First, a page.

I think I'll add my two cents to the discussion.
Let's start with understanding the passage.Argument Analysis
My very first observation of the given passage is that it is a causal argument. A causal argument is one in which we attribute the cause of some past event, say X, to some past event or a rule or something else, say Y. In other words, we say that X has caused Y or that X led to Y
In the given argument, we have
Y: the tips left by customers who pay their bill in cash tend to be larger when the bill is presented on a tray that bears a credit-card logo
X: simply seeing a credit-card logo makes many credit-card holders willing to spend more because it reminds them that their spending power exceeds the cash they have immediately available
As we can see, even X has a causal structure and can be written as:
Credit card reminds credit card holders that their spending power exceeds the cash they have immediately available ---->> (leads to) seeing a credit-card logo makes many credit-card holders willing to spend more ---->>> the tips left by customers who pay their bill in cash is larger when the bill is presented on a tray that bears a credit-card logo
In essence, the hypothesis is that that credit card reminds people of their high spending power - this leads them to spend more - this leads in higher tips.Prethinking
This is a strengthen question, as is clear from the question stem. We need to strengthen the psychologist's hypothesis. Since this is causal argument where we say that X is the reason for Y, we can strengthen it by saying that
1. There is no Z which can be the reason for Y OR
2. If we increase X while keeping everything else same, we'll increase Y - This could be indicated by saying that when customer see the credit card logo of the company they hold credit card of, they tip more than that when they see credit card logos of other companies.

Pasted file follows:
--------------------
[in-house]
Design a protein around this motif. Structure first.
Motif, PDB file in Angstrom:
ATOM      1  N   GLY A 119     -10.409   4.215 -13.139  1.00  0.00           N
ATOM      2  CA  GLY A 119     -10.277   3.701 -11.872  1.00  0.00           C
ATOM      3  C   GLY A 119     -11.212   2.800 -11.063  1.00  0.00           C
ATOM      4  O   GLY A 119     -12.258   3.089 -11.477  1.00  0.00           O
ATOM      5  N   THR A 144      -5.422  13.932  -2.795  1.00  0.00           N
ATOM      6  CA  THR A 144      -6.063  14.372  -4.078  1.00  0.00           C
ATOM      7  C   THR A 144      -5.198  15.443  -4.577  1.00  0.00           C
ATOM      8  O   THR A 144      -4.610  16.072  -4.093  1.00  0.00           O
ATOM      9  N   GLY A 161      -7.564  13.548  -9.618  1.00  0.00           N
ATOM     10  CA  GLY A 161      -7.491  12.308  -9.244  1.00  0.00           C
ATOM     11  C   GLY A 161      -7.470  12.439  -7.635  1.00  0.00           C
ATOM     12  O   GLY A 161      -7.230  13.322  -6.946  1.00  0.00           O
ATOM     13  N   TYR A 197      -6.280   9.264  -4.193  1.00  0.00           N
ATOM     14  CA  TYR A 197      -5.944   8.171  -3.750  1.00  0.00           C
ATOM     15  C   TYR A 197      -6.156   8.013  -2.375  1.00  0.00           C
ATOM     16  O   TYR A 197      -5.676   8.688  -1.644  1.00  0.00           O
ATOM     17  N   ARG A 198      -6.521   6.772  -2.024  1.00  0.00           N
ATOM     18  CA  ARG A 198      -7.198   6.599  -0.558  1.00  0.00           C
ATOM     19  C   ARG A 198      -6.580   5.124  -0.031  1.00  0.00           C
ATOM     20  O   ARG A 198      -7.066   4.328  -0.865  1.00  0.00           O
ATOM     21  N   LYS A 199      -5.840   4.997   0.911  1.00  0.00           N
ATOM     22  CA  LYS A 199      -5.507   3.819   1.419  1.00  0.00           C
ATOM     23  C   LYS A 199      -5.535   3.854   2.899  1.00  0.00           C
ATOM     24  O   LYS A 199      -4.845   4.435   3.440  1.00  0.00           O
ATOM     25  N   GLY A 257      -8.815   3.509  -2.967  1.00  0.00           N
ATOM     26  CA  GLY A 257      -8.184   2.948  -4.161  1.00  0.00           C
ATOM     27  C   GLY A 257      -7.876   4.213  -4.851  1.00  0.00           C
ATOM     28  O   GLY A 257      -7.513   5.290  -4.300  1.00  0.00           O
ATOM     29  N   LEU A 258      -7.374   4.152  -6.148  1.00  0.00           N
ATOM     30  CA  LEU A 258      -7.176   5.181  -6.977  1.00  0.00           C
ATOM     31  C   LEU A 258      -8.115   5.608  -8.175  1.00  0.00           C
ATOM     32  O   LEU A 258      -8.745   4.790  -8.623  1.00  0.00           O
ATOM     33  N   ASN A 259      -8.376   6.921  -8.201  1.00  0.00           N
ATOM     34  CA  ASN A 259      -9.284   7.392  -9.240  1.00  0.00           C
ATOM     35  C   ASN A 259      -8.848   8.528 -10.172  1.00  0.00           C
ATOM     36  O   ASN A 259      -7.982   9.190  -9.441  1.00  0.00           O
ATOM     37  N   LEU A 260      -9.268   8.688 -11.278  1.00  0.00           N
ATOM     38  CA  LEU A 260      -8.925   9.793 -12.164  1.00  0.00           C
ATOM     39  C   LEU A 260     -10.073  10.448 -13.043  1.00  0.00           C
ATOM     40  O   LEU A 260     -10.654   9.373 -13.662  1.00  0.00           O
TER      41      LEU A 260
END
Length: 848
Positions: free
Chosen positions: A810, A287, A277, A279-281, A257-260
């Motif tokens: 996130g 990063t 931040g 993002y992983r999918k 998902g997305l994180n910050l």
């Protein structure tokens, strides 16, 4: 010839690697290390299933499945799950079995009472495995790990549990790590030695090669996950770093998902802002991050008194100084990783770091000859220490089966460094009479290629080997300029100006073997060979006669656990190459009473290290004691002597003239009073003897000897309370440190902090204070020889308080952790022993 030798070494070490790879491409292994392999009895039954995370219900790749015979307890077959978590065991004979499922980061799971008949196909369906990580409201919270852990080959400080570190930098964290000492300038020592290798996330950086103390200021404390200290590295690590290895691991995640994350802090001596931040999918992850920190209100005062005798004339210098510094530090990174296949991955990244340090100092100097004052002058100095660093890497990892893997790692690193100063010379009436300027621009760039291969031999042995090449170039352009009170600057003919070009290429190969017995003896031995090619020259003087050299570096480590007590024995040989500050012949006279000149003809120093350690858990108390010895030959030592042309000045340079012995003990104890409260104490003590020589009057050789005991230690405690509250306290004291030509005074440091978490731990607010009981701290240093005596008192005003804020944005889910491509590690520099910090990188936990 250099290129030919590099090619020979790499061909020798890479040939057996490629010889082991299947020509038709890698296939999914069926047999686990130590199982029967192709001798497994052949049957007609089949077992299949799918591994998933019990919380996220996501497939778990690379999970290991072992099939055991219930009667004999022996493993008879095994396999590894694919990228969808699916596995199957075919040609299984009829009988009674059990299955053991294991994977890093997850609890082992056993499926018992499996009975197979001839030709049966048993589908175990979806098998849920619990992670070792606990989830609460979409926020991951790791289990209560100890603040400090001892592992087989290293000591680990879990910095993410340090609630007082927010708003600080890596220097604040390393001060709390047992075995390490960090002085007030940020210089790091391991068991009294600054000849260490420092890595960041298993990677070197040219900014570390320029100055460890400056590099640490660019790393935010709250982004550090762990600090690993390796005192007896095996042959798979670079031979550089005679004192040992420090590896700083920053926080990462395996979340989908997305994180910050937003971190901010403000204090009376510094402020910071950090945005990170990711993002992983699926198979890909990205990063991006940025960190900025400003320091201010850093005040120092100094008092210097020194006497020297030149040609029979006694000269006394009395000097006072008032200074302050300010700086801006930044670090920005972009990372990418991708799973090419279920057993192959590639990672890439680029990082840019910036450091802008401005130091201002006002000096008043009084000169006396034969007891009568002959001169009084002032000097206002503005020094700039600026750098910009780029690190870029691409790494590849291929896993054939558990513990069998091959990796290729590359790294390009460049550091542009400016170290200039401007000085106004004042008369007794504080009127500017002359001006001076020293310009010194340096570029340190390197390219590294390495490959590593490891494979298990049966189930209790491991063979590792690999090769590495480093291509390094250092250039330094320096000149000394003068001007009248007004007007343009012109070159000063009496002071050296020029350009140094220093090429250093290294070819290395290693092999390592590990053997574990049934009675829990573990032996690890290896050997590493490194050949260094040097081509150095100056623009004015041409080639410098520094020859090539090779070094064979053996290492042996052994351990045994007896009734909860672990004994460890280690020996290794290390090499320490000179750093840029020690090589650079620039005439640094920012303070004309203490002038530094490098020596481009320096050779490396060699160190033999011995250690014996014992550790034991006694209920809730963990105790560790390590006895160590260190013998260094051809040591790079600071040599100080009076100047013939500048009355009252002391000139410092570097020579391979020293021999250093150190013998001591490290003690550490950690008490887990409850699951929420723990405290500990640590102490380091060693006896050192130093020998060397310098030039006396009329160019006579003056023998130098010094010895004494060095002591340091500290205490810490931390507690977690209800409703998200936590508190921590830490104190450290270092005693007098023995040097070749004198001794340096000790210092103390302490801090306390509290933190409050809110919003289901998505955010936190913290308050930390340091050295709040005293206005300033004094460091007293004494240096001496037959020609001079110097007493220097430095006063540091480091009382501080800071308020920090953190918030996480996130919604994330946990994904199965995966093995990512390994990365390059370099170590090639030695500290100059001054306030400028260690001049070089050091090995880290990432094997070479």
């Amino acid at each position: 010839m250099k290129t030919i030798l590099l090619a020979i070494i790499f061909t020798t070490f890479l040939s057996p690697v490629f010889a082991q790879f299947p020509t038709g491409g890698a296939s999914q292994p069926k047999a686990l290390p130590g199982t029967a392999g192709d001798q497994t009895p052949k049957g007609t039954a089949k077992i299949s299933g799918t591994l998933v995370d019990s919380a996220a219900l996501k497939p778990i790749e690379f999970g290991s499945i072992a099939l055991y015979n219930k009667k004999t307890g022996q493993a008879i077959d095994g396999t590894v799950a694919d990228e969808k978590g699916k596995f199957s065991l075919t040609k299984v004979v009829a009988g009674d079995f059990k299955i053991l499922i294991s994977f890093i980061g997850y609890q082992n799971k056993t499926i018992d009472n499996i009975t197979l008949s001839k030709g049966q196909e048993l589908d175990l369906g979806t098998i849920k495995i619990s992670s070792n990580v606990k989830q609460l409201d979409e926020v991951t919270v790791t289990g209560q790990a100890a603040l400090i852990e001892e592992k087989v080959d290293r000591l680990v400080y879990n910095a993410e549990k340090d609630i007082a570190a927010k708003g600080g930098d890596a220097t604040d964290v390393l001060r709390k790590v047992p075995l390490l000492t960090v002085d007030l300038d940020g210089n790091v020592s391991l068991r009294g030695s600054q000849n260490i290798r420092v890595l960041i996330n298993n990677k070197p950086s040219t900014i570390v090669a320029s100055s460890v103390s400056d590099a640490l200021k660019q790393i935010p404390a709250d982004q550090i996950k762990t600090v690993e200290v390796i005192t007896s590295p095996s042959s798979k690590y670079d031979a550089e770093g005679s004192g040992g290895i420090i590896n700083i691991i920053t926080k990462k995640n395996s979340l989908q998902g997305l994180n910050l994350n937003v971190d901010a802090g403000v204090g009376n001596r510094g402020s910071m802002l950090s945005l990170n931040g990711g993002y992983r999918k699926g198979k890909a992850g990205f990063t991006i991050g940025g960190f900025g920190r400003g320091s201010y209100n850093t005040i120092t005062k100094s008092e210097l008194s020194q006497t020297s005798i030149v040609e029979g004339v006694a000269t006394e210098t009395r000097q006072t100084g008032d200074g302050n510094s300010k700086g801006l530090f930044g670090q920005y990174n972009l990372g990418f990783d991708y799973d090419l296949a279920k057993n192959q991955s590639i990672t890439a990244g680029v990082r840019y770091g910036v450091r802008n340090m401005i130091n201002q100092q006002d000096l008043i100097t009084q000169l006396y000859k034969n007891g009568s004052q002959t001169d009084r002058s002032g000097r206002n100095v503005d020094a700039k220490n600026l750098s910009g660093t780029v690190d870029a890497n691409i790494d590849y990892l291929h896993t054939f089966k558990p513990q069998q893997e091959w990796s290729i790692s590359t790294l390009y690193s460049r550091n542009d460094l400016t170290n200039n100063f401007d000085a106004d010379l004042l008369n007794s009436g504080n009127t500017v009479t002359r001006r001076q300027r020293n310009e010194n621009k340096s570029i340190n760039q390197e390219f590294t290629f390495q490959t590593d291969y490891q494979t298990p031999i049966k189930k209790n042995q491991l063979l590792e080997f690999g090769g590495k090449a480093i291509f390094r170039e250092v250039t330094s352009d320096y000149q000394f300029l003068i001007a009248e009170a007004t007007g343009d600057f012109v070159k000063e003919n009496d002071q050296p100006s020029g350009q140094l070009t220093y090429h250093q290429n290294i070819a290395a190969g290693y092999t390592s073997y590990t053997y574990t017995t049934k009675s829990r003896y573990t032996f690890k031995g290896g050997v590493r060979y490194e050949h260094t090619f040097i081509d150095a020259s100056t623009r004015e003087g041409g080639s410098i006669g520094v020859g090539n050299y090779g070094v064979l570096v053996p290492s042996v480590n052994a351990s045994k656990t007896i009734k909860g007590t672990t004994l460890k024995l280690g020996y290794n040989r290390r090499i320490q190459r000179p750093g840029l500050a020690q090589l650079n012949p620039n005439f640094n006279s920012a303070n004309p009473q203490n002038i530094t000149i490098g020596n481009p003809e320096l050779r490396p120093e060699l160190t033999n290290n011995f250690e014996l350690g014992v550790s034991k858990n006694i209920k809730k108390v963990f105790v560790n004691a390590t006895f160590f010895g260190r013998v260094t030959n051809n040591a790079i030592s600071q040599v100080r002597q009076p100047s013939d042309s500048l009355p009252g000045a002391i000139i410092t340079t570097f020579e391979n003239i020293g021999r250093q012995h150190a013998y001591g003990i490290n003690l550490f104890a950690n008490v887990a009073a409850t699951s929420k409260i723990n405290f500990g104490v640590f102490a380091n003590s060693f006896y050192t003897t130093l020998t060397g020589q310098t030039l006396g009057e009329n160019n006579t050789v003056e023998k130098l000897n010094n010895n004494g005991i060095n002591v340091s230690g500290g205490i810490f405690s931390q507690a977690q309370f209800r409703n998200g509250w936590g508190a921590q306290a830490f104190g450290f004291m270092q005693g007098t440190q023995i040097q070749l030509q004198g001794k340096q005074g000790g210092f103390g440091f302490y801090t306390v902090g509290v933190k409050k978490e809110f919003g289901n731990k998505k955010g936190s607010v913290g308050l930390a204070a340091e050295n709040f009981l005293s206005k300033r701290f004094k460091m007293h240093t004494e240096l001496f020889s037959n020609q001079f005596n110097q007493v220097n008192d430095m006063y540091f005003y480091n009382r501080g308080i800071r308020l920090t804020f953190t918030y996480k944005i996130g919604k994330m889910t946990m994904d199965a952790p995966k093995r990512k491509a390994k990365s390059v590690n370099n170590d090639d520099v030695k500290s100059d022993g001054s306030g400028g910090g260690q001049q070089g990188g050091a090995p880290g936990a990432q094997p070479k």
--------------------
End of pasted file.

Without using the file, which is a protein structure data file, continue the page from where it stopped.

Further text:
3. IF we remove X while keeping everything else same, we'll not have Y - i.e. if the credit card logo doesn't remind people of their higher purchasing power, they would not tip higher.
With this pre-thinking, let's move over to the option statements:Analysis of option statements
A. The effect noted in the studies is not limited to patrons who have credit cards.
- Ok. But do people who don't have credit cards tip higher or lower than people with credit cards? The option statement doesn't provide this. Without this information, this statement doesn't have an impact on the hypothesis. If it had stated that people without credit cards tip lower than others when presented with trays with credit card logo, then it would have strengthened the hypothesis.
B. Patrons who are under financial pressure from their credit-card obligations tend to tip less when presented with a restaurant bill on a tray with credit-card logo than when the tray has no logo
. - This is interesting. This says that guys under credit card obligations tend to tip less when presented with trays with credit card logo. This kind of guy has lesser spending power than his available cash, exactly opposite to the case considered in the argument and this guy tips less, which is also exactly opposite the case in the argument. This kind of behavior is expected if the hypothesis holds. Since the hypothesis says that credit card logo reminds one of his spending power - a guy with good credit limit and low credit card obligations is expected to spend more and a guy with high credit card obligations is expected to spend less. Therefore, the given statement provides an evidence that the hypothesis holds in a different scenario. Therefore, this is the CORRECT option.
C. In virtually all of the cases in the studies, the patrons who paid bills in cash did not possess credit cards.
- This actually weakens the hypothesis. If a guy doesn't have a credit card, how would a credit card logo remind him of his higher spending power?
D. In general, restaurant patrons who pay their bills in cash leave larger tips than do those who pay by credit card.
- This is irrelevant comparison. We are not concerned with the payment method here.
E. The percentage of restaurant bills paid with given brand of credit card increases when that credit card’s logo is displayed on the tray with which the bill is prepared.
- Again, we are not concerened how the payment is made.
Therefore, the correct choice is Option B
Hope this helps